This result also suggests that the conceptual model on which the Israeli cloud-seeding experiments was based is not exactly as postulated. The seeding was originally aimed at the convective clouds that formed over sea and the coastal plain, with the intent of nucleating ice crystals and forming graupel earlier in the cloud life cycle (Gagin and Neumann 1974). It appears that cloud seeding did not enhance the convective precipitation, however, but rather increased the orographic precipitation, probably by the Bergeron–Findeisen process (Bergeron 1935).

The lack of enhancement of the convective clouds in Israel might be explained by their tendency to mature and dissipate inland during the winter storms. Seeding of mature convective clouds cannot affect them much. The lack of enhancement is also consistent with the microphysically maritime nature of the convective clouds. It appears to be caused mainly by the natural hygroscopic seeding by sea spray in the winter storms that enhance the warm precipitation (Rosenfeld et al. 2002) as well as promoting the formation of ice hydrometeors followed by ice multiplication (Hallett and Mossopp 1974). These suggestions are supported by the results of glaciogenic cloud seeding in Tasmania that targeted a hilly area by seeding along an upwind coastline. The seeding in Tasmania was shown to enhance precipitation from the stratiform orographic clouds but not from the convective clouds (Ryan and King 1997).

This conclusion potentially resolves the microphysical questions put forth by Rangno and Hobbs (1995), who asserted that cloud seeding as done in Israel could not have possibly caused the statistically documented rain enhancement from the convective clouds there.

The meaning of the results that are presented here is that statistical evaluations of nonrandomized seeding efficacy on orographic precipitation without taking into account the pollution effects will likely lead to erroneous results and misleading conclusions. This fact can explain why such models that estimated the seeding effects in northern Israel based on historical comparisons (Nirel and Rosenfeld 1995) showed decreases in the apparent seeding effect along the years.

The case that was analyzed here is not unique. Many places in the world, such as California, are likely influenced by those opposite effects. The effect of air pollution on orographic precipitation was documented and quantified also in California, but it was not separated from the possibly positive effect of decades of glaciogenic cloud seeding of the orographic clouds there.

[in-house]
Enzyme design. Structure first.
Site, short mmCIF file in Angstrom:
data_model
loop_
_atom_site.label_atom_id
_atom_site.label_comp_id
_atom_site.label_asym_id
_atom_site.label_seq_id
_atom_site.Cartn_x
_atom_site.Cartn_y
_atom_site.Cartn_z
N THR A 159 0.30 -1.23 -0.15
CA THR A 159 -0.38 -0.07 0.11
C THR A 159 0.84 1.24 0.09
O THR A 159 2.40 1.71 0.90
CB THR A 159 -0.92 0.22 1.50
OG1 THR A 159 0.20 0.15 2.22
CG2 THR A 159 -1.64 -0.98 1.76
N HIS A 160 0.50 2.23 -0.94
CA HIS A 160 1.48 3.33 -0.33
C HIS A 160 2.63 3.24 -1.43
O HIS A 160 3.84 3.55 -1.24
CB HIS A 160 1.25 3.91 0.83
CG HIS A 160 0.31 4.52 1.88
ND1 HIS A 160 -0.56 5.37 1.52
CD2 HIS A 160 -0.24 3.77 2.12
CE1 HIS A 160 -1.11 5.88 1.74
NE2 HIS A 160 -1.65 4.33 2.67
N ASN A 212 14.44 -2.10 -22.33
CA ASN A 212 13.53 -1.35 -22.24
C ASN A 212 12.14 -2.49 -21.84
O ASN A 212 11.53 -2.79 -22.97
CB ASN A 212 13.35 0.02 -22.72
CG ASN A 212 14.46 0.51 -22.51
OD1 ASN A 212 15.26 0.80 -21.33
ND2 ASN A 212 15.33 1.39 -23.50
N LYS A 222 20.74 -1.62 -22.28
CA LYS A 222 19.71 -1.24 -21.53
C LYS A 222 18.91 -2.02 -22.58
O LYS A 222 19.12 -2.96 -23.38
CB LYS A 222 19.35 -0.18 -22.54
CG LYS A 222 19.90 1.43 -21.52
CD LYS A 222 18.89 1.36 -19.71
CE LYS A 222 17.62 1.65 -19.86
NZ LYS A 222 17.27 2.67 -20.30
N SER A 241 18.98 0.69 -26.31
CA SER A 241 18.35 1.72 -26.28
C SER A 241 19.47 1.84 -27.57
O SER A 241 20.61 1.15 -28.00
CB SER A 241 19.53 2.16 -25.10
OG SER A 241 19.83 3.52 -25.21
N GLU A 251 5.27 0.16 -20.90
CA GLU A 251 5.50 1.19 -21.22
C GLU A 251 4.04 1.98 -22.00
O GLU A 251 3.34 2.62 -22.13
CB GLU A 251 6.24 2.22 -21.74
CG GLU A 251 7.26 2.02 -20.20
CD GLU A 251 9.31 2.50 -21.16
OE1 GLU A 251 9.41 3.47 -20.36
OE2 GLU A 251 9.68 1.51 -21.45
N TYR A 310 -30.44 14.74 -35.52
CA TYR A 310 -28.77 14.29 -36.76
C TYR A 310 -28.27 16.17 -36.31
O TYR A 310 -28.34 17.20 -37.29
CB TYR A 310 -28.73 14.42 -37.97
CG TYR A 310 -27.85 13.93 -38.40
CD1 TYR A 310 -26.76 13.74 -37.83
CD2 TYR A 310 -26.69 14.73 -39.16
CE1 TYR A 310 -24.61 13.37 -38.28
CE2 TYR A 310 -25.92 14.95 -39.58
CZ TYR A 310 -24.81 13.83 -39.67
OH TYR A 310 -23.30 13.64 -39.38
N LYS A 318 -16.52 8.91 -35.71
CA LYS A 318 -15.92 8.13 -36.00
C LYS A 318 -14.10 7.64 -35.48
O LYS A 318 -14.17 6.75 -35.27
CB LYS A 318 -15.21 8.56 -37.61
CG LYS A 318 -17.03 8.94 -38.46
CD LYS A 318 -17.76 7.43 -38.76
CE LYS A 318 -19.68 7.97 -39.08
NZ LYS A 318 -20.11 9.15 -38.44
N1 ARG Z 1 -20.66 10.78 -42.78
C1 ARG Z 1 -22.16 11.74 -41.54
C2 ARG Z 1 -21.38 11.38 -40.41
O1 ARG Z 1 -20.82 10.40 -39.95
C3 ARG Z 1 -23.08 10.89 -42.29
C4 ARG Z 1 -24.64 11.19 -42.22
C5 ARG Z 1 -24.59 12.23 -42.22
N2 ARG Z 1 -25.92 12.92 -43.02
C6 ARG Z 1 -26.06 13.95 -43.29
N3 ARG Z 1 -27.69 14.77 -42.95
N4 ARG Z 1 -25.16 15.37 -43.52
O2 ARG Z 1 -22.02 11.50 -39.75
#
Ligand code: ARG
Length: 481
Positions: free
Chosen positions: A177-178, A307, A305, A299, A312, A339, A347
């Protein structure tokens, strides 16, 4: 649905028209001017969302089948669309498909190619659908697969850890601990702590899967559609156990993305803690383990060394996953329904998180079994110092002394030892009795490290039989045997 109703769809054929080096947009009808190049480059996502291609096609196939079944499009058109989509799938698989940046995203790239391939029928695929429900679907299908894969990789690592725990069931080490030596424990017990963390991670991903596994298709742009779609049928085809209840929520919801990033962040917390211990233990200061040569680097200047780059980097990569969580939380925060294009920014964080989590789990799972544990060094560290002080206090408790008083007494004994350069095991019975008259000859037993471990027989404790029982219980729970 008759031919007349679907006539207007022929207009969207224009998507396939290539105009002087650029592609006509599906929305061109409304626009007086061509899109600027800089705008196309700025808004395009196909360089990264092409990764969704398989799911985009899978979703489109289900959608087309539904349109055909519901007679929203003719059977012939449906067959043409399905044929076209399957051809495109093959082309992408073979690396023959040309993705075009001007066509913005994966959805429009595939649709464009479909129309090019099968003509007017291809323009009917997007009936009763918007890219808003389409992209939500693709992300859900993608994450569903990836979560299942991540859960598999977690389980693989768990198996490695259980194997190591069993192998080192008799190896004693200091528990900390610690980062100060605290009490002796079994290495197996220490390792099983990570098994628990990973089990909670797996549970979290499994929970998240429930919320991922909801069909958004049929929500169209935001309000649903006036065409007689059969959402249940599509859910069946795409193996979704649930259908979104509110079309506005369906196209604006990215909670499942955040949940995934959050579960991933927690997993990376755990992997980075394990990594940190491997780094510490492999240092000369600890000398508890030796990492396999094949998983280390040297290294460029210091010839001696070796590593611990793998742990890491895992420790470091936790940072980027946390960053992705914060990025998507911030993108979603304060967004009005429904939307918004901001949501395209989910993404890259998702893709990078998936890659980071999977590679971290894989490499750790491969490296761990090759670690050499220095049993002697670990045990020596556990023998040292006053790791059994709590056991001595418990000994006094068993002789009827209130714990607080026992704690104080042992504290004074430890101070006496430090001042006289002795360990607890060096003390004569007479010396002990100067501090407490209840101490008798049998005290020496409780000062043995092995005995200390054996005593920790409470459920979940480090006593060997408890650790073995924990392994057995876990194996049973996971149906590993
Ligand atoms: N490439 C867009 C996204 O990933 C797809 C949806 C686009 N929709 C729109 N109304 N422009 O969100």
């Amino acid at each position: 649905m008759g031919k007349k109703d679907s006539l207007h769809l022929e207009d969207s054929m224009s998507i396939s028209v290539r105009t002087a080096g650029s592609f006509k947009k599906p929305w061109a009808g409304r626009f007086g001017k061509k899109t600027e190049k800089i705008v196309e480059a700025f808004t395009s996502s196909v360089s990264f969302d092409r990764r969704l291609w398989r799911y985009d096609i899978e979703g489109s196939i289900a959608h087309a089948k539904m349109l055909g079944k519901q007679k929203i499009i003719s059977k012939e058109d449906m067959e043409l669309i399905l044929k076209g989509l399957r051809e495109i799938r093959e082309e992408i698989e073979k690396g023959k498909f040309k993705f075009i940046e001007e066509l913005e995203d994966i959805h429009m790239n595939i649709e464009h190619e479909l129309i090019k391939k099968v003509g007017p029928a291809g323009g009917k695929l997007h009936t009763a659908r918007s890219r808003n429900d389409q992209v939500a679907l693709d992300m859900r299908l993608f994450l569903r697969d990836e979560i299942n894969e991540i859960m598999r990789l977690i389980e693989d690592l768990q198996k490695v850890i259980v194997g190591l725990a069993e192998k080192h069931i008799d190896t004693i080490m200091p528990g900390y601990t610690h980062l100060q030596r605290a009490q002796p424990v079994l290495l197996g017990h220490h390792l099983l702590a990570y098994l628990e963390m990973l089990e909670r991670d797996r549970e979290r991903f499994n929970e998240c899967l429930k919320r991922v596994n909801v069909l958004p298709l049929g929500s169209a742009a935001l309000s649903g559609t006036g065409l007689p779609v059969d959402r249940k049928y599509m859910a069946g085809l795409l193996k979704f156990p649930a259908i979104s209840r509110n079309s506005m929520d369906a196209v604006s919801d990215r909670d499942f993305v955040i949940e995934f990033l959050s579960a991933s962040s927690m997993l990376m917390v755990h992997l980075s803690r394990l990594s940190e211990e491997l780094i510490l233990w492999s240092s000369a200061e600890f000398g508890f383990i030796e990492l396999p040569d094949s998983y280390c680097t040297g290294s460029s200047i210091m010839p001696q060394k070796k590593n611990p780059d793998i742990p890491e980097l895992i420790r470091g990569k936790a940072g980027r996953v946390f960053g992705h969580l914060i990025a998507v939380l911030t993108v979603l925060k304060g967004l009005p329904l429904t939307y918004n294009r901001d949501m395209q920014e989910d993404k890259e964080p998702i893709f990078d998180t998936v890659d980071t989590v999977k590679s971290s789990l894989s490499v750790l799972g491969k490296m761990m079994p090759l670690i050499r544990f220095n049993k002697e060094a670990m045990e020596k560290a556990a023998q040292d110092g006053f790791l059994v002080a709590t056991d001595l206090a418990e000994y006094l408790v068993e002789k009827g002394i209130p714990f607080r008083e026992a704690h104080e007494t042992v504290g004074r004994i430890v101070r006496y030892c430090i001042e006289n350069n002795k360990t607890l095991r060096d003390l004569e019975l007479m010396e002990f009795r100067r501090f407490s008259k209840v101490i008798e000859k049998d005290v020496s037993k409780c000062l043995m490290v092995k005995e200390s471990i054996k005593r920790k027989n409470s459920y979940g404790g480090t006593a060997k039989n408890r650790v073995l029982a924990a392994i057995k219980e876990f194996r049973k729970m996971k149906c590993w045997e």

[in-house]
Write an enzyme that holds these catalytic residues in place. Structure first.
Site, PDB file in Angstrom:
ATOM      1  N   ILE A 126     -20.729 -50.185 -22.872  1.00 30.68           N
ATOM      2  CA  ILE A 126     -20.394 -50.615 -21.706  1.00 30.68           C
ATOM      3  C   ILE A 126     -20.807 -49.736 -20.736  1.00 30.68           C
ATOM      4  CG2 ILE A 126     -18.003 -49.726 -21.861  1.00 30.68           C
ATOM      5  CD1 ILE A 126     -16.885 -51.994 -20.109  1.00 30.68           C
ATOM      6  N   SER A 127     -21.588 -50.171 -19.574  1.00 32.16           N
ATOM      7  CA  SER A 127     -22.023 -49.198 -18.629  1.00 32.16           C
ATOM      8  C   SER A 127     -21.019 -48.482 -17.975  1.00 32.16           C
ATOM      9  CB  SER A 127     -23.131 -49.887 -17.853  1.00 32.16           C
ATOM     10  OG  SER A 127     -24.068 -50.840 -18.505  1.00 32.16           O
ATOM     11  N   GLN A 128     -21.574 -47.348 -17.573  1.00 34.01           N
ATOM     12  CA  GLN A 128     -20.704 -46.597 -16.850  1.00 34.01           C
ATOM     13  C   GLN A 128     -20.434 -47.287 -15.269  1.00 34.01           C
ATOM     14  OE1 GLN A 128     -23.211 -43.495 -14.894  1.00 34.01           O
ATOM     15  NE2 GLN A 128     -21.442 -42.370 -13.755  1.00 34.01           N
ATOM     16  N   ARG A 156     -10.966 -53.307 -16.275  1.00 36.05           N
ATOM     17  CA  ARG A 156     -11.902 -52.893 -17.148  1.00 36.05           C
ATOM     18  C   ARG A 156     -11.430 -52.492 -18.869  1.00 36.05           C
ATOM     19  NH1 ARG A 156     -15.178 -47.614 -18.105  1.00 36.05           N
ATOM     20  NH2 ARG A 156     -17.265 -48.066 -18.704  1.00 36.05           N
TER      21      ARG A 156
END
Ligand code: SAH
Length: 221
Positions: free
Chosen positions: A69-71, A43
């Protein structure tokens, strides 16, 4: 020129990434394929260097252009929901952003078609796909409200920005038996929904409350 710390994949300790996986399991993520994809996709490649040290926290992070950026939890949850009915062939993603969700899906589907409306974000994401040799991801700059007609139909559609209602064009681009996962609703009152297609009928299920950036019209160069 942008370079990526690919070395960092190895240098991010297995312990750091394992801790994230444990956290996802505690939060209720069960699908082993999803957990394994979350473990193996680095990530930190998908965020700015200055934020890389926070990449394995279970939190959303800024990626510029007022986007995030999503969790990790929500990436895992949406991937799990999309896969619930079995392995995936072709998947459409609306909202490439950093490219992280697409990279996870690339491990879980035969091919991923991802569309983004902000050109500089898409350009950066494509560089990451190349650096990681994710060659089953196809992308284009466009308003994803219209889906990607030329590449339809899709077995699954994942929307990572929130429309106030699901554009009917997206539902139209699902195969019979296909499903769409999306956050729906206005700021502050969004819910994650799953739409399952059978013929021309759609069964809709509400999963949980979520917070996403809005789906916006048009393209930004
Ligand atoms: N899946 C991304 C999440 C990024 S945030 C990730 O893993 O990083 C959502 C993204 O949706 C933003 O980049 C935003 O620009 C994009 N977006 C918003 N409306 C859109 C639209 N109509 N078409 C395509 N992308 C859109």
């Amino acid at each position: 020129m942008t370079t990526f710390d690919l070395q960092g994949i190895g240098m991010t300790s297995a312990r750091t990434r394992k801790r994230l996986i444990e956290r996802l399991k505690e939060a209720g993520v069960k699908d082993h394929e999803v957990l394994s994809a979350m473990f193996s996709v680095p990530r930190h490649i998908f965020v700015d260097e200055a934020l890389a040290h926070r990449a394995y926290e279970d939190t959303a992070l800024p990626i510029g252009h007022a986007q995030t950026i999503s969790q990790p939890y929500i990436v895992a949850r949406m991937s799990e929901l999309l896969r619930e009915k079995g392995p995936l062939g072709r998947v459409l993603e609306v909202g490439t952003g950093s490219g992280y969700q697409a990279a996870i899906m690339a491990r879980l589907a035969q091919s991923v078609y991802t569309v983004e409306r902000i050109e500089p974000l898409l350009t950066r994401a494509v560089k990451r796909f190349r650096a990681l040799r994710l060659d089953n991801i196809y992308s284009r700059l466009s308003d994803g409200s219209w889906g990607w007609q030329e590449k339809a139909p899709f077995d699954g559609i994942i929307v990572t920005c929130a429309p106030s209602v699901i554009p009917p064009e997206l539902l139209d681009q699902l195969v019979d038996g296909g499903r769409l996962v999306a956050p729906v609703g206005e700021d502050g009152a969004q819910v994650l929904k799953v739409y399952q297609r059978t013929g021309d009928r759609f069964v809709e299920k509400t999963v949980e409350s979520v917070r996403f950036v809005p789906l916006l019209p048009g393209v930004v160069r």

Acknowledgments

This study was partially funded by the Israeli Water Commission. The authors thank Dr. W. L. Woodley for valuable discussions and for reviewing the manuscript.

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APPENDIX

Description of the Additional Tables

This appendix contains additional information about the graphs that are presented in this paper. The appendix includes nine tables (Tables A1 –A9). It follows the same structure and principles as in Givati and Rosenfeld (2004). The tables help to show the full picture of the time series that are presented. The tables contain any of the following information: station/cluster name—the rain gauge name or the cluster name; lat, lon—the geographical latitude and longitude (in decimal degrees); elev—the elevation of the rain gauges in meters above sea level; avg yearly precip—the average annual amount of precipitation at each station for the tested years (mm yr−1); E/S—the ratio (between the precipitation amounts at the hills and at the upwind lowlands) in the end of the time series divided by the ratio in the beginning gives the change, as calculated using the regression line, which is the trend along the years; P value—statistical significance of the trend corresponding to the Student’s t-test statistic, quantifying the chance that there is no trend; regression eqn—the regression equation that is calculated for the trend; E/S precip—same as E/S, but for individual rain gauge time series, not pairs of station ratios; cluster—groups of rain gauges that represent the average annual precipitation in a selected geographical area; seeded E/S—the ratio in the end of the time series divided by the ratio in the beginning under seeded conditions; unseeded E/S—the ratio in the end of the time series divided by the ratio in the beginning under unseeded conditions; pct diff between seeded and unseeded conditions—the difference in percentages between the annual ratio of precipitation under seeded and unseeded conditions; ratio between clusters—the annual ratio of precipitation between clusters of stations.

Fig. 1.
Fig. 1.

Map of Israel that shows the two experimental areas and subareas for Israel-1 (1961–69) and Israel-2 (1969–74), the operational seeding in the north (since 1975), and Israel-3 in the south (1975–95). The target and control areas are divided into subareas N1–N8 in the northern target, S1–S7 in the south target, and C1–C4 for the northern control area; S7 served as a control for Israel-3. The seeding line in Israel-2 north was shifted inland. The hatched area in the north represents the catchment of the Lake of Galilee.